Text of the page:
TV Review: Terminator: The Sarah Connor Chronicles (2008-2009)

Original Run: January 13th, 2008 – April 10th, 2009
Created by: Josh Friedman
Directed by: various
Written by: various
Based on: The Terminator by James Cameron, Gale Anne Hurd
Music by: Bear McCreary
Cast: Lena Headey, Thomas Dekker, Summer Glau, Brian Austin Green, Garret Dillahunt, Shirley Manson, Richard T. Jones, Leven Rambin, Stephanie Jacobsen, Dean Winters, Dean Norris, Stephany Jacobsen, Busy Philipps, Theo Rossi, Chad L. Coleman

Sarah Connor Pictures, Bartleby Company, C2 Pictures, The Halcyon Company, Warner Bros. Television, Fox, 31 Episodes, 43 Minutes (per episode)

Review:

There are nearly a half dozen versions of what happens after Terminator 2: Judgment Day. Having seen all the sequels and reboots, I have to say, this is the best version of a sequel to the first two iconic films.

Now I haven’t seen the new movie that just came out, so I’ll have to see how that measures up once I get around to watching it. But the only real selling point for me is the return of Linda Hamilton as Sarah Connor.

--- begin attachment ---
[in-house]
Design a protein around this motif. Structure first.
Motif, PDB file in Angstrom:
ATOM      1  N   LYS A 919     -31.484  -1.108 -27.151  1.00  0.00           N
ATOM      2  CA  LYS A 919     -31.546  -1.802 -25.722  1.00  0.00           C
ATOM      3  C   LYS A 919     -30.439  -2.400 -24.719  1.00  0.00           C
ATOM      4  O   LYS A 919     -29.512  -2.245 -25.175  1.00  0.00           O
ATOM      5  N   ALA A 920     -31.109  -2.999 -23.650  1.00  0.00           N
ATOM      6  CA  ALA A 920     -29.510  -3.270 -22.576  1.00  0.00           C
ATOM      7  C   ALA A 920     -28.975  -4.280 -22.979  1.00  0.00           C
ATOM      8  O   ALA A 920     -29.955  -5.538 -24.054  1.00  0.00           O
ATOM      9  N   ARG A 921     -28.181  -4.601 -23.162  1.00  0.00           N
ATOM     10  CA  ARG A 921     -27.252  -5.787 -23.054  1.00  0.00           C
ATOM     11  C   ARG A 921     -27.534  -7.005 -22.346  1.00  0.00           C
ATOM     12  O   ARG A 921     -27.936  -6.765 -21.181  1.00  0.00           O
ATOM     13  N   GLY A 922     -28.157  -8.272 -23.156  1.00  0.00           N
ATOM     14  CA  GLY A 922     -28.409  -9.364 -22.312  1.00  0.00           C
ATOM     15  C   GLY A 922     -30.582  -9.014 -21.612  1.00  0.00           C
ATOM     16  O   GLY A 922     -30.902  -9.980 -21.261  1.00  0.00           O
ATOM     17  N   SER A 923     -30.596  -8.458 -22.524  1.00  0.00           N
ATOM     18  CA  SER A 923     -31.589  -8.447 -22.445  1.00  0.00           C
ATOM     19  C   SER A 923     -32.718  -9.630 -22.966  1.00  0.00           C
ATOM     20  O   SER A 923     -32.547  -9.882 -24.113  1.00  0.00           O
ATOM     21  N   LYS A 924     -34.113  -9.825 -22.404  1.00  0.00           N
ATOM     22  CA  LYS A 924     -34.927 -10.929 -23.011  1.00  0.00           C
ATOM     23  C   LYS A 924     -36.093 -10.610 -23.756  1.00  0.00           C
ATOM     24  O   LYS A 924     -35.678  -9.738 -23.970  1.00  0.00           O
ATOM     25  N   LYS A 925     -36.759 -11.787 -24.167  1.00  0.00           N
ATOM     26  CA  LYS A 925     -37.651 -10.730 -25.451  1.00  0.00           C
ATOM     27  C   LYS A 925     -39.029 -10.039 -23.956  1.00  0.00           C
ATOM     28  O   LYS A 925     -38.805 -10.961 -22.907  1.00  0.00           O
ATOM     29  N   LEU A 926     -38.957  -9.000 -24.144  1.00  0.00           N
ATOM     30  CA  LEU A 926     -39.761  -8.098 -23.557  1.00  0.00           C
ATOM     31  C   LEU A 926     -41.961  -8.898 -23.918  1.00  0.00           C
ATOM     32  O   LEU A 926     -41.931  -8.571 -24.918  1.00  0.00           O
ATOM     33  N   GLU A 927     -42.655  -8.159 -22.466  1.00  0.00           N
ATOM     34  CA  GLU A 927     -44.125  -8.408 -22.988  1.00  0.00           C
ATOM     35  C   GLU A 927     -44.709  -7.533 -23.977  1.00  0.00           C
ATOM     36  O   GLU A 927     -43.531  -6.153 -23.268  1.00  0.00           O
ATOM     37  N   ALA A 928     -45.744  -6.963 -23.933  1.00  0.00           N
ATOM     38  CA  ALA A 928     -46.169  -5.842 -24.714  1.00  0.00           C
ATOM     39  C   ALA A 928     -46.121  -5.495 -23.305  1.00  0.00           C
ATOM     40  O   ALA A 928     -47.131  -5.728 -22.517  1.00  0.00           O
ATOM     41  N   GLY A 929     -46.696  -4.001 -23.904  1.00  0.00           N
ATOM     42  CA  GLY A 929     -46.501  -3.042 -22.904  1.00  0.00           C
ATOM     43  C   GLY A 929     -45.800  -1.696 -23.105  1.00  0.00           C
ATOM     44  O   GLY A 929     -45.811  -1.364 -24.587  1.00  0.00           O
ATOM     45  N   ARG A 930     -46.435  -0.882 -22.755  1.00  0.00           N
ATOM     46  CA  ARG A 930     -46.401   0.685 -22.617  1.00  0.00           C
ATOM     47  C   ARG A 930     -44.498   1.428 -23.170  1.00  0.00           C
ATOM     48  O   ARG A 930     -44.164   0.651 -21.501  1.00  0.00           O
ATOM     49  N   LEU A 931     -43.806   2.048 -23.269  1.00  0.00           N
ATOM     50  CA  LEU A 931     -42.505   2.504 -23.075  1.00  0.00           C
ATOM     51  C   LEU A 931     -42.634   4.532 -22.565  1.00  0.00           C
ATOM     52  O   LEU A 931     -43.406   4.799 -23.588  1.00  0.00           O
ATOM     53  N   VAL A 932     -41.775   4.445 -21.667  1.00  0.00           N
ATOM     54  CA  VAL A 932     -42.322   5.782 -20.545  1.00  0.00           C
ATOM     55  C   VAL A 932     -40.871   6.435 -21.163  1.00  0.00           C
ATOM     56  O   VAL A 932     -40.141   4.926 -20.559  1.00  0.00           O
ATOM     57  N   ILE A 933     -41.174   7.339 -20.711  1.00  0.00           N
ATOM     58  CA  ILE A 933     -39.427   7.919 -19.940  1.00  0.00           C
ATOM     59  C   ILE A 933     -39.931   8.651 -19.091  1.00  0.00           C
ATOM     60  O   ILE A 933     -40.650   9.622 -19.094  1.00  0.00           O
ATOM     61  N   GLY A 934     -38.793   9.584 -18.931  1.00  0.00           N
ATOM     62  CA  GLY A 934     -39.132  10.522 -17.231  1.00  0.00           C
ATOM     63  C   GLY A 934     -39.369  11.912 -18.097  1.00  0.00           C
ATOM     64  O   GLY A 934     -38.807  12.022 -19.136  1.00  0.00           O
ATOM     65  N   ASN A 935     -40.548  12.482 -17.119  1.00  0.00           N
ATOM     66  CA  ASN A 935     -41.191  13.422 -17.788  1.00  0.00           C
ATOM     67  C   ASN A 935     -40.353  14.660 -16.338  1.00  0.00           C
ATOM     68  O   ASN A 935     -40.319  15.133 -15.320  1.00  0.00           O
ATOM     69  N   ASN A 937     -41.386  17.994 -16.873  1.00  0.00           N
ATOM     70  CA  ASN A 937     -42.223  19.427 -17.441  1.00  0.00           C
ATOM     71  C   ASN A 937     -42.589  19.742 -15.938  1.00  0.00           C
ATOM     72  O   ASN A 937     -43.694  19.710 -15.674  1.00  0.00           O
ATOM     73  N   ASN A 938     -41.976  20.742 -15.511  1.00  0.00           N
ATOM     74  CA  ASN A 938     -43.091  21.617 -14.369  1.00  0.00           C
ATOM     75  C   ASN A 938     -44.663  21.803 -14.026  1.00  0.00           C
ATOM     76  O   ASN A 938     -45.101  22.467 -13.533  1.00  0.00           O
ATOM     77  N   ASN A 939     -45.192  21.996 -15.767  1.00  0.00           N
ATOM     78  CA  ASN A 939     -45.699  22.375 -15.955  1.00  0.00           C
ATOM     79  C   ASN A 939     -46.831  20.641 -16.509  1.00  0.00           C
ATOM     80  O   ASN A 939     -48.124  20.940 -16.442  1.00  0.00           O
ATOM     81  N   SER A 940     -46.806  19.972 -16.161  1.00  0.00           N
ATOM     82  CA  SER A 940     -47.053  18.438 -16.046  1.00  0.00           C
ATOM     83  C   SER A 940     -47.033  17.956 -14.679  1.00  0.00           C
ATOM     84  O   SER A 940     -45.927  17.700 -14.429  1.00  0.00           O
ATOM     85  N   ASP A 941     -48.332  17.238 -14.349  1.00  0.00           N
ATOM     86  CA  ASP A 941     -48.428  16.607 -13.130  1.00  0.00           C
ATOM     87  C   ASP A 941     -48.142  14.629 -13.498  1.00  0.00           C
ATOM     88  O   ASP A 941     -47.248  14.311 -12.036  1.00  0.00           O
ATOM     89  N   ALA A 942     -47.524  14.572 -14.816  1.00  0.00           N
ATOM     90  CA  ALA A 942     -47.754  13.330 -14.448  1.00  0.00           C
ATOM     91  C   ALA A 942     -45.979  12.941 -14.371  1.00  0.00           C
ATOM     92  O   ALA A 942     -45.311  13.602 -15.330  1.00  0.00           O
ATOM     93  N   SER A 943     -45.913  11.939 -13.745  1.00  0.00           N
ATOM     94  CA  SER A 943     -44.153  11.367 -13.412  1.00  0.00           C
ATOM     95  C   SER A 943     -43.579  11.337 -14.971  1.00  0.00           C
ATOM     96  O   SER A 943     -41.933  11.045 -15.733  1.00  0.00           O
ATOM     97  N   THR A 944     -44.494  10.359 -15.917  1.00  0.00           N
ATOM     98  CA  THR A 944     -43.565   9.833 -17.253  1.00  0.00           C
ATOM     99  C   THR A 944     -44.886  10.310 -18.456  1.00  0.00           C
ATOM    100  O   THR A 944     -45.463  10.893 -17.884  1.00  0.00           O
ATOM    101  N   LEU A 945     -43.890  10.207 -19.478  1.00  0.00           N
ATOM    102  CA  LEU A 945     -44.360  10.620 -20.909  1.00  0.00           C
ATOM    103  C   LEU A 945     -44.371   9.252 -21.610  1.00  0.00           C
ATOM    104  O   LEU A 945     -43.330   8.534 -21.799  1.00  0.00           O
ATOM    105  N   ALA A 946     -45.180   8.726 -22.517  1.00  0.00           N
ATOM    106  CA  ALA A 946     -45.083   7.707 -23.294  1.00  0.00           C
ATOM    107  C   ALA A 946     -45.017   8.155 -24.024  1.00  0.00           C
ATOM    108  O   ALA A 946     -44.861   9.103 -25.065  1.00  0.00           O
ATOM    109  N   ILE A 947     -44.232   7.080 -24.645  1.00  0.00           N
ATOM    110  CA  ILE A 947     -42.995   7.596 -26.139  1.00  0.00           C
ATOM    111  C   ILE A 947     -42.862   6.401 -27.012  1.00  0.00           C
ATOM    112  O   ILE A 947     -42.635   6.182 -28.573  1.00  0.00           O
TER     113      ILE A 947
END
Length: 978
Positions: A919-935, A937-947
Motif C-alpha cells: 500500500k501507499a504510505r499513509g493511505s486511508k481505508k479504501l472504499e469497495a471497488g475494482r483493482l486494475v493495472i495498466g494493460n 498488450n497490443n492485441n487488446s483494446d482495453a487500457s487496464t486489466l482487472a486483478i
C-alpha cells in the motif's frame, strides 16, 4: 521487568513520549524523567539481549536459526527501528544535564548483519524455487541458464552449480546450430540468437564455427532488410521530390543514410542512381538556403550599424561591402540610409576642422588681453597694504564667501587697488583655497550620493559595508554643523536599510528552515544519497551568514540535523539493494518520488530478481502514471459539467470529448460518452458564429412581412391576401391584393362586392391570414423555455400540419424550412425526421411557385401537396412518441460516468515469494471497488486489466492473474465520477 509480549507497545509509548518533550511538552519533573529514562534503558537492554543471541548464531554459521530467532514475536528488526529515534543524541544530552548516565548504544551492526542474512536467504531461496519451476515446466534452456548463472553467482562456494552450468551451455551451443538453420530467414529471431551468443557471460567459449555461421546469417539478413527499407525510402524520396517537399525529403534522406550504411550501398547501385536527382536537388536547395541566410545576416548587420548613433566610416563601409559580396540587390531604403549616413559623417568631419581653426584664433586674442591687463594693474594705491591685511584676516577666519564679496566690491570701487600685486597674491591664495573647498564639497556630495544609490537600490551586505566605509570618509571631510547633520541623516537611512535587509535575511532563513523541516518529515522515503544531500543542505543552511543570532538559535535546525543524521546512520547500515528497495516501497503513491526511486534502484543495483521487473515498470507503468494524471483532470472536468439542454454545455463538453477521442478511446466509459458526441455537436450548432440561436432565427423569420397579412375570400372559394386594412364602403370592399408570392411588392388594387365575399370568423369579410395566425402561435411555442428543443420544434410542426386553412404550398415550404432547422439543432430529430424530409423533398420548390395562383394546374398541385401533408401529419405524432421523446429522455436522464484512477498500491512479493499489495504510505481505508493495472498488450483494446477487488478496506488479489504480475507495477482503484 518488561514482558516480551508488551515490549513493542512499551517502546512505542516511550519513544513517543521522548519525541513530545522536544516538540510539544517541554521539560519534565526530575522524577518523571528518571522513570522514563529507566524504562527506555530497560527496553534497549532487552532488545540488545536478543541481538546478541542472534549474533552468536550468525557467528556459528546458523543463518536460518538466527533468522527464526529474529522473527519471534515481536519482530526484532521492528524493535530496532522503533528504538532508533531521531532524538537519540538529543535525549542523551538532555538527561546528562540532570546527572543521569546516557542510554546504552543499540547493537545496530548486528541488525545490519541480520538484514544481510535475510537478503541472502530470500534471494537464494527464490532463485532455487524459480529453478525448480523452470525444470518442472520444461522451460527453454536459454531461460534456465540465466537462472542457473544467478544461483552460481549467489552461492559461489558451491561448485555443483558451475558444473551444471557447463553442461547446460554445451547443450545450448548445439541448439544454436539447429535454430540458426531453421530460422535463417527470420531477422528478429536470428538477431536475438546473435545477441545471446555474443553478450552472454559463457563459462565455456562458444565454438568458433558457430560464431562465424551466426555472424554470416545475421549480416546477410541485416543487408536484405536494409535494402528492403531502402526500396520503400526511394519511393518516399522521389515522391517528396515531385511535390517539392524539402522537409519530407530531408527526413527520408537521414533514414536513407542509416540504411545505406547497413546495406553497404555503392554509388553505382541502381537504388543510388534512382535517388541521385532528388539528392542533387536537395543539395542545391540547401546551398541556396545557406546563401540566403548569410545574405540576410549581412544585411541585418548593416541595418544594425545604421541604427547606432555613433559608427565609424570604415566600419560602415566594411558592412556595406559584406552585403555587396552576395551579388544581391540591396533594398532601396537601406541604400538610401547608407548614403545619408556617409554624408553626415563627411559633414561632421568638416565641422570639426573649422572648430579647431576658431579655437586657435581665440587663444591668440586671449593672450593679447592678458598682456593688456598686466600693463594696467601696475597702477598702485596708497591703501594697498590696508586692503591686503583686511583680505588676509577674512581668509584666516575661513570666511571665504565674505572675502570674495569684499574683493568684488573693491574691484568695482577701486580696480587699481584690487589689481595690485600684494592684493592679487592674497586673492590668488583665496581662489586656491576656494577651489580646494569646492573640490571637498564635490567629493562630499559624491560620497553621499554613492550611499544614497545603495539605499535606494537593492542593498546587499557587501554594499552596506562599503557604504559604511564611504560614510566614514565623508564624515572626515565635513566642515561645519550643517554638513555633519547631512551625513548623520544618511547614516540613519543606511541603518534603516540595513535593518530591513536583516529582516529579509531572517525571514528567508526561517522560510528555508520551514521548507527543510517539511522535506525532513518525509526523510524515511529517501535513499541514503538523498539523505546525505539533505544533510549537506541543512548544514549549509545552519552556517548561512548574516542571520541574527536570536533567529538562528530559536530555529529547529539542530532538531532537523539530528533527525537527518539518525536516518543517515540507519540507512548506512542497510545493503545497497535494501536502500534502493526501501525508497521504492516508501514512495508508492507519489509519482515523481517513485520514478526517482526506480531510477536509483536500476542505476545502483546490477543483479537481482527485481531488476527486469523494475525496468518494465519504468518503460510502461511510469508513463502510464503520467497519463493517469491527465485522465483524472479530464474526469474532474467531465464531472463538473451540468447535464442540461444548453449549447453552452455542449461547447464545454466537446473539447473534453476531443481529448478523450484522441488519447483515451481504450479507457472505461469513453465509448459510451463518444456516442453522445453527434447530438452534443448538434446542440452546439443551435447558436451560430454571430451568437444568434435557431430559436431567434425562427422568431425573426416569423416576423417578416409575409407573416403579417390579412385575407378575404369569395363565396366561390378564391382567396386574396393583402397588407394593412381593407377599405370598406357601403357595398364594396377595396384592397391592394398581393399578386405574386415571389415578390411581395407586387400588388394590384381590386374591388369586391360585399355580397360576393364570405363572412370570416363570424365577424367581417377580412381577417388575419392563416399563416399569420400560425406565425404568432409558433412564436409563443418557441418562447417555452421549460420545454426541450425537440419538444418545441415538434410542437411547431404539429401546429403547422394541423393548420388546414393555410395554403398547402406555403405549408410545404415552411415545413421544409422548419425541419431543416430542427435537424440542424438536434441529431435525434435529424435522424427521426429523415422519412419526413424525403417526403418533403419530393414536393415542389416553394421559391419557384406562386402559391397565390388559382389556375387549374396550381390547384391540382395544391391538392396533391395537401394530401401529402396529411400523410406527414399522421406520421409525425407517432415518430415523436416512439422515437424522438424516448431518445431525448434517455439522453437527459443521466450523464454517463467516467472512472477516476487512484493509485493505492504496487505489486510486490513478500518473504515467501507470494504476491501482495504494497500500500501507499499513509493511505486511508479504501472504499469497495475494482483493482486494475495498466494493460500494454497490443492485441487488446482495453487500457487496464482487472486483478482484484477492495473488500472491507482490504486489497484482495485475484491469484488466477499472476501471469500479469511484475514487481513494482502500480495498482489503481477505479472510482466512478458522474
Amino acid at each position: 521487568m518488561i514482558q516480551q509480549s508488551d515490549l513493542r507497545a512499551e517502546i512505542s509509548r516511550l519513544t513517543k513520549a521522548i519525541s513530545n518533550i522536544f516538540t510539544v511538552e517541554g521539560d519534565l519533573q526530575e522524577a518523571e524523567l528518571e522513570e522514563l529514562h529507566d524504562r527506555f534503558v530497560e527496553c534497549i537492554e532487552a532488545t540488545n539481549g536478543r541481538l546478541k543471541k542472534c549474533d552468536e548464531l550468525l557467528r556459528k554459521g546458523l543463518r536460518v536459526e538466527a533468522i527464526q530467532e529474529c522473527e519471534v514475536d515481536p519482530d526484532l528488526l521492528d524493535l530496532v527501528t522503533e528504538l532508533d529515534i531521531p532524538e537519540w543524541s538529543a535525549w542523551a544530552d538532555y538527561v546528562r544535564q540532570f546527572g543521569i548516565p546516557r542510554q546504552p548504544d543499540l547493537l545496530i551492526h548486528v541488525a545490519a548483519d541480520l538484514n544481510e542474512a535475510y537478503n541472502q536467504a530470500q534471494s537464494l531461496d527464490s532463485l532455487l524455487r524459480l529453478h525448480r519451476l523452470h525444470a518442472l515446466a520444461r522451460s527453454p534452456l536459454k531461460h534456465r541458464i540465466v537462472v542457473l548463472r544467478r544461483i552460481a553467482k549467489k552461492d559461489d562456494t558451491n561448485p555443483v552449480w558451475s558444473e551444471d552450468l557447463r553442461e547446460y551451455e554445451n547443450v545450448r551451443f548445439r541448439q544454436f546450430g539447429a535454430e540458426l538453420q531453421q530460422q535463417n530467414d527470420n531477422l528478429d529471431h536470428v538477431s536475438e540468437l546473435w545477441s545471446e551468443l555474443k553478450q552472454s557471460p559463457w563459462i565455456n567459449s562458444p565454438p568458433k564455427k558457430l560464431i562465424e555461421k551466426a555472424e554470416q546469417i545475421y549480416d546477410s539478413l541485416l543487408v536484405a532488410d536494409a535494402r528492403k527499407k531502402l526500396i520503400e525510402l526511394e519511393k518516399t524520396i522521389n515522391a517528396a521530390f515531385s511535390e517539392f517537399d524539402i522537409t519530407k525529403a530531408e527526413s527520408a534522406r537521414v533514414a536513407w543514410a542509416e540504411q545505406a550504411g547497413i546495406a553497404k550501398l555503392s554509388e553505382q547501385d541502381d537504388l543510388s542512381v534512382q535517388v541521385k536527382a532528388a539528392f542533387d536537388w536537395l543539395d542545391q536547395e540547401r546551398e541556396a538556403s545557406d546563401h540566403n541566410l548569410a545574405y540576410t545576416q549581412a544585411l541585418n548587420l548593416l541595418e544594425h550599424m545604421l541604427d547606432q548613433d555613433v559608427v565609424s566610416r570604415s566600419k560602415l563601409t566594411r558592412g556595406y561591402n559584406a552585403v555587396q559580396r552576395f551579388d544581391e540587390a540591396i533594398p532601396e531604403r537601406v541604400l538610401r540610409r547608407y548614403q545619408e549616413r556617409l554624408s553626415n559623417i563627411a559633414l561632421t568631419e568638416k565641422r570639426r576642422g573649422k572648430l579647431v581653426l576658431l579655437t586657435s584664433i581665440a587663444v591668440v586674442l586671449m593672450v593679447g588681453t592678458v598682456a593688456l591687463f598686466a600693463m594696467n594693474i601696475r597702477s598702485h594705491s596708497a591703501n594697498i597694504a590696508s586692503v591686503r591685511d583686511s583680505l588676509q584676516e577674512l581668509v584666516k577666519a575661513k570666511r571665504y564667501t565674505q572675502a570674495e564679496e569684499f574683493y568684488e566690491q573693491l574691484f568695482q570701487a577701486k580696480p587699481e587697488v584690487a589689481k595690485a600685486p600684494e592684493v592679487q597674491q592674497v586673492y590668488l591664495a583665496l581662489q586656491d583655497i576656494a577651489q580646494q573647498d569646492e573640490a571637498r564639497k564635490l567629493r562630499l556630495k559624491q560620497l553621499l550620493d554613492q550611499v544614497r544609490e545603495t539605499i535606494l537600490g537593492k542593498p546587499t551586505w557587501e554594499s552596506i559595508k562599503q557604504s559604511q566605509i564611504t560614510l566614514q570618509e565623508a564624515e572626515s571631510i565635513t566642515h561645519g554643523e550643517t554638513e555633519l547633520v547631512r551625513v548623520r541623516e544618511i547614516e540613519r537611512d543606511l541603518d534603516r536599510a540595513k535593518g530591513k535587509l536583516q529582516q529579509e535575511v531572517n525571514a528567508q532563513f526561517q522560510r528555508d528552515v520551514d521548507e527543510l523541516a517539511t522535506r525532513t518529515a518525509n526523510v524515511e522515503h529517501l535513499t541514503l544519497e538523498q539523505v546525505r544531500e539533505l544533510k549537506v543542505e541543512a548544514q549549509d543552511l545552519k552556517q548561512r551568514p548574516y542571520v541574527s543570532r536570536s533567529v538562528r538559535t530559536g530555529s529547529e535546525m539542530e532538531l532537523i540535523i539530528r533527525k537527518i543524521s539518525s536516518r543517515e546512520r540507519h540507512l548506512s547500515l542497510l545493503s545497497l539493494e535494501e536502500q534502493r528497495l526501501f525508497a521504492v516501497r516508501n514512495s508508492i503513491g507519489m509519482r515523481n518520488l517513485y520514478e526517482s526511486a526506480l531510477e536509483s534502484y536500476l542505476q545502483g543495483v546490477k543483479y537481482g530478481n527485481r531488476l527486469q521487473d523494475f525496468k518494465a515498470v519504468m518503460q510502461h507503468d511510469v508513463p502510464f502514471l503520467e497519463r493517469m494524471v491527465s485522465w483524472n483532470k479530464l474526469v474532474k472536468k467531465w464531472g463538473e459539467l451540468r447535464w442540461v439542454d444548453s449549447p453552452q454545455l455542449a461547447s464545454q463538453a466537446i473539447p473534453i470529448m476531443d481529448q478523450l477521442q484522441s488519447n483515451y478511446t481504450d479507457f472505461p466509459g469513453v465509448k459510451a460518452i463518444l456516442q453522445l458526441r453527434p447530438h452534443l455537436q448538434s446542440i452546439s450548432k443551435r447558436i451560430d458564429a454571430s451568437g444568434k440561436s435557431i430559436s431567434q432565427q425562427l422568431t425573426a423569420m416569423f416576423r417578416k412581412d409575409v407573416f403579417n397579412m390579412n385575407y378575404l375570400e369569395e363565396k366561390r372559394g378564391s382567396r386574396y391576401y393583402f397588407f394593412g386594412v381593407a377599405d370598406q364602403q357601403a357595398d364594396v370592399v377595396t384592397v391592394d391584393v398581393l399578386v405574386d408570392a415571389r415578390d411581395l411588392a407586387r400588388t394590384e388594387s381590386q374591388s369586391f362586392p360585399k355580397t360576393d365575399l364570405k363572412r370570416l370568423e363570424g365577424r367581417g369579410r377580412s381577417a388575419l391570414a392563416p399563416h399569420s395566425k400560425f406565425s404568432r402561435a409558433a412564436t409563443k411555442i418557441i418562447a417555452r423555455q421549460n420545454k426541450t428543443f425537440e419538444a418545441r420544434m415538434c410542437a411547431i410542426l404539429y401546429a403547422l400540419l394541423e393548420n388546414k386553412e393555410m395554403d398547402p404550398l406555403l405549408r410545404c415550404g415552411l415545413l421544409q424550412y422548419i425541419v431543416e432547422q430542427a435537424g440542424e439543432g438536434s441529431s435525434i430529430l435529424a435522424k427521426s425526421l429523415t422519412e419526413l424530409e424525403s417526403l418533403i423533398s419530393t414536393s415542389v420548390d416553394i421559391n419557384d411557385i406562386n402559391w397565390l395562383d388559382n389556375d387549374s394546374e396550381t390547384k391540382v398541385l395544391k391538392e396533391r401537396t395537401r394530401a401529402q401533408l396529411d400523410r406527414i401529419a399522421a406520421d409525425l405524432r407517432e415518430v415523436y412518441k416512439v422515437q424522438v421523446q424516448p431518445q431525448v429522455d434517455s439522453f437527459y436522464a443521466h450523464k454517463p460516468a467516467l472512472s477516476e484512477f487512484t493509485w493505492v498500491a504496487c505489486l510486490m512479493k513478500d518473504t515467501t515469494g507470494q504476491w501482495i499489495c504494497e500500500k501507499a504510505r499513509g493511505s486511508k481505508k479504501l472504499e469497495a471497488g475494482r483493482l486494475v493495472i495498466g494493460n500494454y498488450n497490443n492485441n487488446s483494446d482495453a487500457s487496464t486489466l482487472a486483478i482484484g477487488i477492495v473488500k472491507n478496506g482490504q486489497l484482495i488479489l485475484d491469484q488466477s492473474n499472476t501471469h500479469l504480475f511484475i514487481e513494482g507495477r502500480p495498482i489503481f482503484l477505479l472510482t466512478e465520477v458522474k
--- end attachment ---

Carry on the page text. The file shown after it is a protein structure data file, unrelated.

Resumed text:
But, if I’m being honest, I really like Lena Headey’s version of Sarah Connor after having finally seen this show.

Additionally, I also like Thomas Dekker’s John Connor, Summer Glau’s Terminator and the inclusion of Kyle Resse’s brother Derek, as played by Brian Austin Green, who I loved in this.

The cast is pretty solid, all around. Richard T. Jones did fantastic, as did Garret Dillahunt, who actually gets better as the show rolls on. I really thought that Dean Winters was a scene stealer in the episodes he was in though. I actually wish we would’ve gotten to see Winters more but then again, I wish this show could have survived beyond just a half season and one full season.

While this is an hour long drama show made for network television, it didn’t get bogged down by too much of the slice of life stuff. That did exist in the show but each episode had a purpose, was well paced and structured and you never felt like the characters were safe. There was always danger, they had to move a lot and thankfully, we didn’t get Summer Glau’s Terminator evolving into a happy homemaker, which was something I worried about before actually watching the show.